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  1. #1
    Join Date
    Jul 2008
    Posts
    26

    Question Design Stage HVAC Questions

    Hi,

    I have a couple of questions on how to proceed with our new house. We are going to build a 2,100 sf (main floor) ranch with a walkout basement, which will be heated and cooled with a heat pump, ground sourced if we can afford it. Half of the basement will be unfinished.

    The house will have 9 foot ceilings on both levels. We are considering changing the basement to an 8 foot dropped ceiling, but leaving the wall height as is in order to increase the mechanical space above the ceiling.

    Our architect does not include any HVAC detail in his plans, other than space for the mechanical equipment. He includes everything else. We have yet to select a GC, so we don't know who the possible HVAC subs might be.

    My questions:

    The preliminary drawings we have on hand show the mechanical equipment in a storage room at one end of the finished basement. I would rather it be installed in the unfinished portion of the basement and against the rear wall. Is this a bad or good idea.

    The floor plan is very open, and I am concerned that the HVAC contractor, whoever he is, might have problems locating places to put the return air ducts and registers that don't interfere with our living plans. I am assuming the supply registers will be in the floor, but I would prefer them to be elsewhere. What are my options in this regard? Is using the wall cavities for the returns a good idea? A lot of small returns might work better for us than a two or three large wall grills. Where should the supply and return registers be ideally located, high or low?

    Basically, I am trying to gain knowledge to better discuss our HVAC options with our GC and his HVAC sub.

    Thank you for taking the time to read this.

  2. #2
    Join Date
    Jan 2004
    Location
    Lancaster PA
    Posts
    68,320
    You can have the equipment at the unfinnished side.

    Floor supplies work much better then wall supplies in combination heating and cooling installations.

    Using wall cavities for returns, you will have a lot of them weather large or small. You can't get much return through a wall cavity.

    Have returns installed each bedroom, then a floor return somewhoere in the main open area in a corner.
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  3. #3
    Join Date
    Jun 2001
    Location
    DFW
    Posts
    684
    It would help if we knew what part of the country you are building in.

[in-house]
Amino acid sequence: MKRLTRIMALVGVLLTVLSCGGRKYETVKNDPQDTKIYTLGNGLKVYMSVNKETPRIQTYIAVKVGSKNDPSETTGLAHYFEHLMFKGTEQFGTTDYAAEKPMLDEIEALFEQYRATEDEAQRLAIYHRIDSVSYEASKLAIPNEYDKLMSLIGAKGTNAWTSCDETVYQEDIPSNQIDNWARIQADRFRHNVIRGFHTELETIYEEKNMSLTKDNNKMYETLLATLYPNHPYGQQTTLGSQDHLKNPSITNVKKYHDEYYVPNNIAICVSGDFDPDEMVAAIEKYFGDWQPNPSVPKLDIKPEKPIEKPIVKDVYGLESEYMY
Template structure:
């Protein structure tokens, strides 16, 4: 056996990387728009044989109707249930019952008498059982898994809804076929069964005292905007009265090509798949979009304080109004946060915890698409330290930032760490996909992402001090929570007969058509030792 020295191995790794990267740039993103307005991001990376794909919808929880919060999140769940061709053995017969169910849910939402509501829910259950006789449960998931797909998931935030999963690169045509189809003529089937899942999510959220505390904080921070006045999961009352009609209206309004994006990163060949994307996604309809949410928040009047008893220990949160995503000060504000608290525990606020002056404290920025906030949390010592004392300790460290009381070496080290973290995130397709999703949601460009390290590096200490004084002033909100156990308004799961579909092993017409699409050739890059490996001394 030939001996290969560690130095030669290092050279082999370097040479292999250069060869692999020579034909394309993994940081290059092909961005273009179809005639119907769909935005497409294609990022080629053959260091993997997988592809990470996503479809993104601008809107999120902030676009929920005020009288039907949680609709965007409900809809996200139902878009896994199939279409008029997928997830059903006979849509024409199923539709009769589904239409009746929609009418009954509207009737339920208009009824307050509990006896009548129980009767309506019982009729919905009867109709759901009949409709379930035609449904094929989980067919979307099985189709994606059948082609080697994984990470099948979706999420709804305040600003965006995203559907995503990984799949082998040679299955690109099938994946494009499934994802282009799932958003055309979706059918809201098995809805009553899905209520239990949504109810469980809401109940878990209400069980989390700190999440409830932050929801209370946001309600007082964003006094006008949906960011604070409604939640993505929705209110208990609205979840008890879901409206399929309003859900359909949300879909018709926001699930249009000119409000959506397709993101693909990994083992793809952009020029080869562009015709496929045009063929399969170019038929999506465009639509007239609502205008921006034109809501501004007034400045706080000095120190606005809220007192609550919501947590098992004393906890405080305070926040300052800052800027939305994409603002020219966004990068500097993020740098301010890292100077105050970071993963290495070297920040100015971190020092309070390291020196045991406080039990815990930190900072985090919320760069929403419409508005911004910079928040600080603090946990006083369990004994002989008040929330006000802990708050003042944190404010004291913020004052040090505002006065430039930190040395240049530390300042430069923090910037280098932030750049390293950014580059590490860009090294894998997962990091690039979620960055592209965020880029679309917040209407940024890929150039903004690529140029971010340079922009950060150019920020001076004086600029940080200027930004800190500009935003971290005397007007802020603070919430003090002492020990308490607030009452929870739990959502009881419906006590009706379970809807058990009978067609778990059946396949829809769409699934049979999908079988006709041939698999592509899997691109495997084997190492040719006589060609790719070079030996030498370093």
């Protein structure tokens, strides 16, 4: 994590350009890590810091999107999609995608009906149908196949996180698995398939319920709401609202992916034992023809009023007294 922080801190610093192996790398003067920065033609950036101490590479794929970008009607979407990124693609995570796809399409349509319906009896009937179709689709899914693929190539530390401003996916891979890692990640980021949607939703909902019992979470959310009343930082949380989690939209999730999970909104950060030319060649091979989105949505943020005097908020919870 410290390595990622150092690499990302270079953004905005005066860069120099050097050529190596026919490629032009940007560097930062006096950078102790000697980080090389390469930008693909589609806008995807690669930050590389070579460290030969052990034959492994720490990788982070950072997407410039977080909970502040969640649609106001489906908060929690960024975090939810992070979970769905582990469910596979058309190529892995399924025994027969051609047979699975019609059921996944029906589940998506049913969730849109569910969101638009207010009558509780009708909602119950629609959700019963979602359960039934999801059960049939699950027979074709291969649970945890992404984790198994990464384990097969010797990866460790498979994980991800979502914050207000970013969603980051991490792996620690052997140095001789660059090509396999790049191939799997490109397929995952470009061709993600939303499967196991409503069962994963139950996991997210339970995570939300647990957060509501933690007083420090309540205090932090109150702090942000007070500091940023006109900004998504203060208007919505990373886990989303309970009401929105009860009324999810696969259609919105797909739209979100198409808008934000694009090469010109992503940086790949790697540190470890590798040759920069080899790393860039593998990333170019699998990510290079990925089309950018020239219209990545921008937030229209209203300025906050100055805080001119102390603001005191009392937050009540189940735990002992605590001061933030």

Floor or low wall registers work better up North, ceiling or high wall registers work better in the south.

    The decision to go geothermal is also dependent on climate.

    My duct work is in my unfinished basement with wall stacks putting the supply registers a few inches below the ceiling. It works well, but it is labor intensive.

    If the unfinished part of the basement is still conditioned space, then there is nothing intrinsically wrong with putting the air handler there.

  4. #4
    Join Date
    Jul 2008
    Posts
    26
    Sorry about the missing location. I had that in there, and then managed to lose it in editing. It's East Tennessee, in the Tennessee Valley.

  5. #5
    Join Date
    Jun 2008
    Posts
    80
    Definitely go with what these guys are saying about returns.

    Since your ceiling will be a little higher than norm and this is a new install, make sure whoever sizes the system takes that into account, along with your wall, ceiling, and floor insulation; exterior type; roofing; windows and doors types and sizes. I presume at this point you have a good handle on all that, so it may be possible to size a system now.

    There seems to be many posts on this forum about contractors not running the calculations and over or under-sizing units for customers.

  6. #6
    Join Date
    Jun 2003
    Location
    Madison, WI/Cape Coral, FL
    Posts
    6,535
    Any interest in fresh air ventilation and IAQ? Regards TB
    Bear Rules: Keep our home <50% RH summer, controls mites/mold and very comfortable.
    Provide 60-100 cfm of fresh air when occupied to purge indoor pollutants and keep window dry during cold weather. T-stat setup/setback +8 hrs. saves energy
    Use +Merv 10 air filter. -Don't forget the "Golden Rule"

  7. #7
    Join Date
    Jul 2008
    Posts
    26
    Yes.

  8. #8
    Join Date
    Jul 2008
    Posts
    26
    Forgot to add that we will be installing a wood stove and hope to do a lot of the heating with that, provided I am still able to cut and split wood as time goes on.